In the recent past Iran has been laying stress on its nuclear program because of geo-political reasons and the pattern of expenditure on arms by Iran on the one hand and Saudi Arabia and GCC on the other. From 1990 to 2004, Iran was head and shoulders above its regionalrivals in terms of arms expenditure. In this period, Iran’s defense expenditure rose by over 16 per cent, while that of Saudi Arabia andthe GCC moved from – 4 per cent to 8 per cent. The trend has reversed since 2004-05 as Saudi Arabia and GCC, buoyed by spike in oil prices,increased their annual defense expenditure from one per cent to 28.2 per cent and from 1.6 per cent to 18.1 per cent respectively. Incontrast, a sanctions-hit Iran had to take a hit in its expenditure on defense and it declined by –4.9 per cent in this period. In thisscenario, developing a nuclear weapon is the game changer for Iran and that too at much lower cost.

The ongoing Syria crisis may give Iran a God-send opportunity to give its nuclear program a vital push. Iran may coax Syria to attackIsrael. Such a scenario would help both Iran and the Assad regime. For the besieged, beleaguered Assad such a move would divert attention ofhis people as well as the lead players. 

For this Iran needs time as its nuclear program, according to available reports, hasn’t reached the sewing-up-the-last-button stage.The Assad regime is keeping Iranian hopes alive. President Assad also knows that he is no Colonel Muammar Gaddafi, who ruled Libya for overfour decades but died a disgraceful, and possibly torturous, death in October 2011 as the Arab Spring stormed Libya. Unlike Libya, Syria isa frontline Arab state which has vociferous support from major regional power like Iran, a small but not insignificant state likeLebanon and sympathizers in Iraq and Yemen. More importantly, Syria has outfits like Hamas and Hezbollah in its kitty. This is a deadlyassortment at Assad’s disposal, a luxury that Gaddafi didn’t have. 

Assad should have another comforting reason: the shifting US foreign policy. The US has already withdrawn its troops from Iraq in December2011. The Americans have declared their draw-down policy vis a vis Afghanistan by the middle of next year. The Obama administration isgetting more and more China-centric and has marked a shift in its foreign policy by declaring the 21stcentury as a “Century ofAsia-Pacific”. This provides a beacon of hope for Iran.

Russia as well as China are well aware of the predicament of a presidential polls-bound United States and are in no hurry. TheIranians too will pursue the hold-out policy with respect to Syria. The ball is in America’s court whether it gives priority to the Gulfor the South China Sea. Time is of essence.

Though Iran has stepped up its presence in Syria to give an impression that it is helping the people of Syria, not just the Assad government, the Americans are not fooled. This is borne out by the on-record statement of US Defense Secretary Leon Panetta who said, “We are seeing a growing presence by Iran.” The Americans have openly said that Iran has been raising pro-Assad regime militias to fight the rebels.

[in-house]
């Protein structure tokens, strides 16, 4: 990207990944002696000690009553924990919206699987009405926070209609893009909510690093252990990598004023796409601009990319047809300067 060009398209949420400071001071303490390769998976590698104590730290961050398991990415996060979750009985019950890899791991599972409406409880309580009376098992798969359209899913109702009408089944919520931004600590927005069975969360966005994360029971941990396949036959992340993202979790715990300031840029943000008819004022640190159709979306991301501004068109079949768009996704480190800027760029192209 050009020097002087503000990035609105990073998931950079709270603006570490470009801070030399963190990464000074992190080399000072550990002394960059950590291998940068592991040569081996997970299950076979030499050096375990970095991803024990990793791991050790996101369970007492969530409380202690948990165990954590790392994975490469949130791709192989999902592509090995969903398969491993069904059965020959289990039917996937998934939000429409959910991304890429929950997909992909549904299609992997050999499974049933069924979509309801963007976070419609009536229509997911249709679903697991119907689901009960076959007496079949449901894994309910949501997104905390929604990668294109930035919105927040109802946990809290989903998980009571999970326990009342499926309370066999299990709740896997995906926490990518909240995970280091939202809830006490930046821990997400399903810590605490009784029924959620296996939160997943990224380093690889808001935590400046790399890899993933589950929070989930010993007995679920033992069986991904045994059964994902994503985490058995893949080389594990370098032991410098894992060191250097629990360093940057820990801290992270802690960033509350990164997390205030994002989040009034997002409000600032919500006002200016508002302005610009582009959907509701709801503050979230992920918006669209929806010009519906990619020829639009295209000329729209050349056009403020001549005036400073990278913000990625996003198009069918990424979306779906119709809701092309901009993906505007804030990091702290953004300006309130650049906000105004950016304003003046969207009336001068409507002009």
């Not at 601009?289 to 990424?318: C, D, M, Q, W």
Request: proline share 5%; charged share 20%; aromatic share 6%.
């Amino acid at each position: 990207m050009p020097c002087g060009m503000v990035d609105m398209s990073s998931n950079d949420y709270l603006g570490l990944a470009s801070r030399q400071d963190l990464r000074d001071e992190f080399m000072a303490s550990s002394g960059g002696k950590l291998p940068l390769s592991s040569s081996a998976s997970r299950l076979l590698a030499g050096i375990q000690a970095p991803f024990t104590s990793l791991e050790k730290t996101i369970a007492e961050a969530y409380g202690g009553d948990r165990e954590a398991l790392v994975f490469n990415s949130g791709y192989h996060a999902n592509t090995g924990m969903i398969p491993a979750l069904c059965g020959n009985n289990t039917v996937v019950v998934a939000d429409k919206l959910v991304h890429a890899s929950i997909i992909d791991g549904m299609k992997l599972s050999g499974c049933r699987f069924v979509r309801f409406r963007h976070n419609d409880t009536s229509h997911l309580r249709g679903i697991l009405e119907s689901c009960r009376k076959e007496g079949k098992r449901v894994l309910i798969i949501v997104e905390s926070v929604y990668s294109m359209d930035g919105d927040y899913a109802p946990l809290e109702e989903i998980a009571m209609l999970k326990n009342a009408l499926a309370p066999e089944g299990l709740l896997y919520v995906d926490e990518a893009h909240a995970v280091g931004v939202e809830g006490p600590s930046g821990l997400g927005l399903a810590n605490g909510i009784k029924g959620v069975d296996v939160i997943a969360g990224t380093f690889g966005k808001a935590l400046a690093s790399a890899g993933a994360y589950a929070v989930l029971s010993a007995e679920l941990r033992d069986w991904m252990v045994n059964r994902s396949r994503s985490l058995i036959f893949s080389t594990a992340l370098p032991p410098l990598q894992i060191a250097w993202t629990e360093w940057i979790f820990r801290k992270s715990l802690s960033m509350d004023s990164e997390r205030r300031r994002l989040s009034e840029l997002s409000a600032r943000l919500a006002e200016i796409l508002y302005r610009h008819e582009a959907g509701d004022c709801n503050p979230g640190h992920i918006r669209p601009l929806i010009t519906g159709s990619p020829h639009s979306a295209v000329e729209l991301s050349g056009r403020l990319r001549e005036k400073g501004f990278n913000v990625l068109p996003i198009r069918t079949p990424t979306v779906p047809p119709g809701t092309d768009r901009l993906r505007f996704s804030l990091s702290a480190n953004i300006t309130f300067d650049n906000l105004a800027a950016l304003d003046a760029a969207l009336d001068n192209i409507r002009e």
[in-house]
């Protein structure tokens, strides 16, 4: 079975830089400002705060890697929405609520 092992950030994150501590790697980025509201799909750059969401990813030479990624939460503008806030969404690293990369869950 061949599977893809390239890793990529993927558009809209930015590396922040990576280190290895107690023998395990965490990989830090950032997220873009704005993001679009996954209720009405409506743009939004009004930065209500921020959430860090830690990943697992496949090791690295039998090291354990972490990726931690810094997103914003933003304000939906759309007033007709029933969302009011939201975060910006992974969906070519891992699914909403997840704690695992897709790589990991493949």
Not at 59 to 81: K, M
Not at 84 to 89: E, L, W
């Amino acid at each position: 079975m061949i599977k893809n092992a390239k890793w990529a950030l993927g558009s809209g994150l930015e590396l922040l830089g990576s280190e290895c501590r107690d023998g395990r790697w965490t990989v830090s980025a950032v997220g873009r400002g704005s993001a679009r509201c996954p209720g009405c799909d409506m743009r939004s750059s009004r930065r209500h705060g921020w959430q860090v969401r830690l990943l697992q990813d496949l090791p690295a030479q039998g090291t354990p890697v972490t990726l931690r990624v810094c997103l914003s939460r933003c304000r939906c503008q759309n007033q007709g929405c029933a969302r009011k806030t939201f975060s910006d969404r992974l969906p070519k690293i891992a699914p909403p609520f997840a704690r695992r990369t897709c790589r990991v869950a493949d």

In the recent past Iran has been laying stress on its nuclear program because of geo-political reasons and the pattern of expenditure on arms by Iran on the one hand and Saudi Arabia and GCC on the other. From 1990 to 2004, Iran was head and shoulders above its regional rivals in terms of arms expenditure. In this period, Iran’s defense expenditure rose by over 16 per cent, while that of Saudi Arabia and the GCC moved from – 4 per cent to 8 per cent. The trend has reversed since 2004-05 as Saudi Arabia and GCC, buoyed by spike in oil prices, increased their annual defense expenditure from one per cent to 28.2 per cent and from 1.6 per cent to 18.1 per cent respectively. In contrast, a sanctions-hit Iran had to take a hit in its expenditure on defense and it declined by –4.9 per cent in this period. In this scenario, developing a nuclear weapon is the game changer for Iran and that too at much lower cost.

The ongoing Syria crisis may give Iran a God-send opportunity to give its nuclear program a vital push. Iran may coax Syria to attack Israel. Such a scenario would help both Iran and the Assad regime. For the besieged, beleaguered Assad such a move would divert attention of his people as well as the lead players.

For this Iran needs time as its nuclear program, according to available reports, hasn’t reached the sewing-up-the-last-button stage. The Assad regime is keeping Iranian hopes alive. President Assad also knows that he is no Colonel Muammar Gaddafi, who ruled Libya for over four decades but died a disgraceful, and possibly torturous, death in October 2011 as the Arab Spring stormed Libya. Unlike Libya, Syria is a frontline Arab state which has vociferous support from major regional power like Iran, a small but not insignificant state like Lebanon and sympathizers in Iraq and Yemen. More importantly, Syria has outfits like Hamas and Hezbollah in its kitty. This is a deadly assortment at Assad’s disposal, a luxury that Gaddafi didn’t have.

Assad should have another comforting reason: the shifting US foreign policy. The US has already withdrawn its troops from Iraq in December 2011. The Americans have declared their draw-down policy vis a vis Afghanistan by the middle of next year. The Obama administration is getting more and more China-centric and has marked a shift in its foreign policy by declaring the 21stcentury as a “Century of Asia-Pacific”. This provides a beacon of hope for Iran.

Russia as well as China are well aware of the predicament of a presidential polls-bound United States and are in no hurry. The Iranians too will pursue the hold-out policy with respect to Syria. The ball is in America’s court whether it gives priority to the Gulf or the South China Sea. Time is of essence.

The writer is a New Delhi-based journalist-author and a strategic analyst. His latest book was “Global Jihad: Current Patterns and Future Trends”.